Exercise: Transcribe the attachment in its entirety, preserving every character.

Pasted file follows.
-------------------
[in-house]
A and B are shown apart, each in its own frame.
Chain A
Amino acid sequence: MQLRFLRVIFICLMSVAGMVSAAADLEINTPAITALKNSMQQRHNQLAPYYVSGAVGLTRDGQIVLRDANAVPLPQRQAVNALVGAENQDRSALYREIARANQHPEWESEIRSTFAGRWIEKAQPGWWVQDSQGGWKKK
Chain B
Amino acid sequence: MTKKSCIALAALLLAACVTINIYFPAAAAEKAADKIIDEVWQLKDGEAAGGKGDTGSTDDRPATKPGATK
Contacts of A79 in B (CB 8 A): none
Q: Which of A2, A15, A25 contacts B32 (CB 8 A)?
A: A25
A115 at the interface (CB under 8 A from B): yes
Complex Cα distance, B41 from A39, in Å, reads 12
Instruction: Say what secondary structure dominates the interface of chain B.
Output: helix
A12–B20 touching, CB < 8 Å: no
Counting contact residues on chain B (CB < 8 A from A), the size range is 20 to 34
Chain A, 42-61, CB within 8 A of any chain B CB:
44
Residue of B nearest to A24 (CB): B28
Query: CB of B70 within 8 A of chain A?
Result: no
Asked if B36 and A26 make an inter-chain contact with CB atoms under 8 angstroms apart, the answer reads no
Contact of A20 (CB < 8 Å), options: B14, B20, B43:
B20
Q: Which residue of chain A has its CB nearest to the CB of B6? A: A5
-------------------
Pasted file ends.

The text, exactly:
[in-house]
A and B are shown apart, each in its own frame.
Chain A
Amino acid sequence: MQLRFLRVIFICLMSVAGMVSAAADLEINTPAITALKNSMQQRHNQLAPYYVSGAVGLTRDGQIVLRDANAVPLPQRQAVNALVGAENQDRSALYREIARANQHPEWESEIRSTFAGRWIEKAQPGWWVQDSQGGWKKK
Chain B
Amino acid sequence: MTKKSCIALAALLLAACVTINIYFPAAAAEKAADKIIDEVWQLKDGEAAGGKGDTGSTDDRPATKPGATK
Contacts of A79 in B (CB 8 A): none
Q: Which of A2, A15, A25 contacts B32 (CB 8 A)?
A: A25
A115 at the interface (CB under 8 A from B): yes
Complex Cα distance, B41 from A39, in Å, reads 12
Instruction: Say what secondary structure dominates the interface of chain B.
Output: helix
A12–B20 touching, CB < 8 Å: no
Counting contact residues on chain B (CB < 8 A from A), the size range is 20 to 34
Chain A, 42-61, CB within 8 A of any chain B CB:
44
Residue of B nearest to A24 (CB): B28
Query: CB of B70 within 8 A of chain A?
Result: no
Asked if B36 and A26 make an inter-chain contact with CB atoms under 8 angstroms apart, the answer reads no
Contact of A20 (CB < 8 Å), options: B14, B20, B43:
B20
Q: Which residue of chain A has its CB nearest to the CB of B6? A: A5